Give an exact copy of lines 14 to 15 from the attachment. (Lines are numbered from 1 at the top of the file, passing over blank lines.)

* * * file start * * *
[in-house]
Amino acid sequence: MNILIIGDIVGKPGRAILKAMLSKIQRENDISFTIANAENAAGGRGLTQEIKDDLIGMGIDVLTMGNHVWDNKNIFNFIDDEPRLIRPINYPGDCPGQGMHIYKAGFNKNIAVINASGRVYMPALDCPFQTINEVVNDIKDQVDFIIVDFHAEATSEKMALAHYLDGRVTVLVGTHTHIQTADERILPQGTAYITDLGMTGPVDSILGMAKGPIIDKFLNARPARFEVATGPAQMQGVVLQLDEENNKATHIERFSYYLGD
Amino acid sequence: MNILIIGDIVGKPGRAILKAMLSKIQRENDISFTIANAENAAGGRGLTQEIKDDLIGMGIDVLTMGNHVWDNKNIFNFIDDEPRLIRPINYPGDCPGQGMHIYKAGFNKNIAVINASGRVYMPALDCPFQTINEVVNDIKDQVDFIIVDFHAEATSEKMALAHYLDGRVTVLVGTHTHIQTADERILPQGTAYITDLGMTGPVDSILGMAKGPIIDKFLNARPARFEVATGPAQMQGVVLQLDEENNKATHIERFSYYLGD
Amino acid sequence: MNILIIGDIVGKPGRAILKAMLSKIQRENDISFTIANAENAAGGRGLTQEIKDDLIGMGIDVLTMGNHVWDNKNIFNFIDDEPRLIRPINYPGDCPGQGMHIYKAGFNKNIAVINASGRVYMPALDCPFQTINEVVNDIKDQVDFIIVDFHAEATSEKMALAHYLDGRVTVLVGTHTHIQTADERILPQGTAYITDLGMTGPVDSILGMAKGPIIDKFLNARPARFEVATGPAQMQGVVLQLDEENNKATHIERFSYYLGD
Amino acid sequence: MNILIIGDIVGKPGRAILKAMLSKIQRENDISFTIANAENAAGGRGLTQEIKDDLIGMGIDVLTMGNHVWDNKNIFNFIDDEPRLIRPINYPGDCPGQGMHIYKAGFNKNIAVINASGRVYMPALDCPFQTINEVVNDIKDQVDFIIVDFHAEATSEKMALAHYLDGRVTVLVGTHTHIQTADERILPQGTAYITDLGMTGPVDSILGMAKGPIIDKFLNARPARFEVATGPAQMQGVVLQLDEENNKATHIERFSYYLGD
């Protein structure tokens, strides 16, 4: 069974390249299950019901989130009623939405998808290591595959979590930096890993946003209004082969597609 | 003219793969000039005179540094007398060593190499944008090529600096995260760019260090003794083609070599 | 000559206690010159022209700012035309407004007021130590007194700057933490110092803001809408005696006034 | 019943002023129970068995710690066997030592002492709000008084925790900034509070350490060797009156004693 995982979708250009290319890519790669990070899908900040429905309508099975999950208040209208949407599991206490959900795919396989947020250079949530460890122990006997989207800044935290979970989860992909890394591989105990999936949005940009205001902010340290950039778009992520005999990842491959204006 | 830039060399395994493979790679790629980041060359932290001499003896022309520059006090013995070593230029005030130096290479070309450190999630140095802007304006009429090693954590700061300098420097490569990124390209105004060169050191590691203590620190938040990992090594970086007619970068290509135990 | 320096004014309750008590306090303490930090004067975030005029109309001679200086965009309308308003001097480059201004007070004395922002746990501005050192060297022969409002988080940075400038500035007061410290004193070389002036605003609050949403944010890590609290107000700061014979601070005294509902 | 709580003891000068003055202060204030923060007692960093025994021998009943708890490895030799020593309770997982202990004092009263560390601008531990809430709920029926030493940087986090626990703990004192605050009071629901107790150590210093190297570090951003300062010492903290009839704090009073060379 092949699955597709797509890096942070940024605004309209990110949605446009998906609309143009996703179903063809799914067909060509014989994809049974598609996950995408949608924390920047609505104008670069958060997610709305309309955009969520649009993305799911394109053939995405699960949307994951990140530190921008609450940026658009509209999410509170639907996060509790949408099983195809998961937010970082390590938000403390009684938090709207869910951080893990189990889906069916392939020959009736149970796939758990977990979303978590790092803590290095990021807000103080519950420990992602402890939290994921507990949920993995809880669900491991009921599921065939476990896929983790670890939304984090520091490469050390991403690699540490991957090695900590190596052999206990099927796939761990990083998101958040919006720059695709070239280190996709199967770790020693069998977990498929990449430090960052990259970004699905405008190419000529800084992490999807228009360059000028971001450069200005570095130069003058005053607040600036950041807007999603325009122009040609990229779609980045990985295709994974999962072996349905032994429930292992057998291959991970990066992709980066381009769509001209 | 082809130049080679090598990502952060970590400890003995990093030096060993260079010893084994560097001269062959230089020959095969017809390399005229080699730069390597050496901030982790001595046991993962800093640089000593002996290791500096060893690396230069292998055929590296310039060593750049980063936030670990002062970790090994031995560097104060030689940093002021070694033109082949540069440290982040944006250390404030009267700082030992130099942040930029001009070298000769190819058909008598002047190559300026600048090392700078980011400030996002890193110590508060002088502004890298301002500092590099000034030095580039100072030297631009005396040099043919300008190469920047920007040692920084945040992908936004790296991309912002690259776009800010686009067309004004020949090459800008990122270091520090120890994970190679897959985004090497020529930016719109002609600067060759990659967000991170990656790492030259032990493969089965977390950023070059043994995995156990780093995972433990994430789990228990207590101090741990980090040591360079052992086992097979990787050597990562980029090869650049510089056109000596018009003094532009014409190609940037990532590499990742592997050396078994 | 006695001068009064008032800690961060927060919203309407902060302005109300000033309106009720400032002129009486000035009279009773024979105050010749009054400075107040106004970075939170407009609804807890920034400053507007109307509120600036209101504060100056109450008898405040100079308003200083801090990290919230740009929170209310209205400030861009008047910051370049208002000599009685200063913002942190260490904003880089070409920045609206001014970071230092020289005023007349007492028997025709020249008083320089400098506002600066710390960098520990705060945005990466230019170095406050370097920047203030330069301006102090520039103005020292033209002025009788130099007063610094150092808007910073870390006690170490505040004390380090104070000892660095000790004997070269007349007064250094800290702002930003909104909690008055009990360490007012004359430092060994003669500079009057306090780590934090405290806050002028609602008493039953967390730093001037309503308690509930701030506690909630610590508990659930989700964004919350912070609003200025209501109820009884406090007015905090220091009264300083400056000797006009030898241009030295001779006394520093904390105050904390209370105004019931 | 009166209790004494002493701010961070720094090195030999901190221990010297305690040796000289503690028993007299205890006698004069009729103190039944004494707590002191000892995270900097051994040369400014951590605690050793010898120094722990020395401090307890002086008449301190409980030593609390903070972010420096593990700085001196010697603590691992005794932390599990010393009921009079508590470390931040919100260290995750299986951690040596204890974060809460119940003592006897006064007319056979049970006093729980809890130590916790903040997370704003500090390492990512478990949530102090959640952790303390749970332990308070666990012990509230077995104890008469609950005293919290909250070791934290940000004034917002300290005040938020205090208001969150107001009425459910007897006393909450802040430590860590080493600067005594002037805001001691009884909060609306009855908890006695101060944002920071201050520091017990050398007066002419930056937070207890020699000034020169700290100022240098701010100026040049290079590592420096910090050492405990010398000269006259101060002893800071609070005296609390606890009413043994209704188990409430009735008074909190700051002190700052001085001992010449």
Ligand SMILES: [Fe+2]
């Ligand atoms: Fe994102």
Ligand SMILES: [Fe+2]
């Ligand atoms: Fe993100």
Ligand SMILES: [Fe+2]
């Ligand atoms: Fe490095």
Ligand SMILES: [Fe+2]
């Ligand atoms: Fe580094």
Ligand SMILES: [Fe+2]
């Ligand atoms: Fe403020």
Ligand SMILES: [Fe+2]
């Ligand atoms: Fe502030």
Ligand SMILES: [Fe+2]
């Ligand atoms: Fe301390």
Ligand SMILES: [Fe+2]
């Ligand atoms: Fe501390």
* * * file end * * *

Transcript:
């Ligand atoms: Fe580094």
Ligand SMILES: [Fe+2]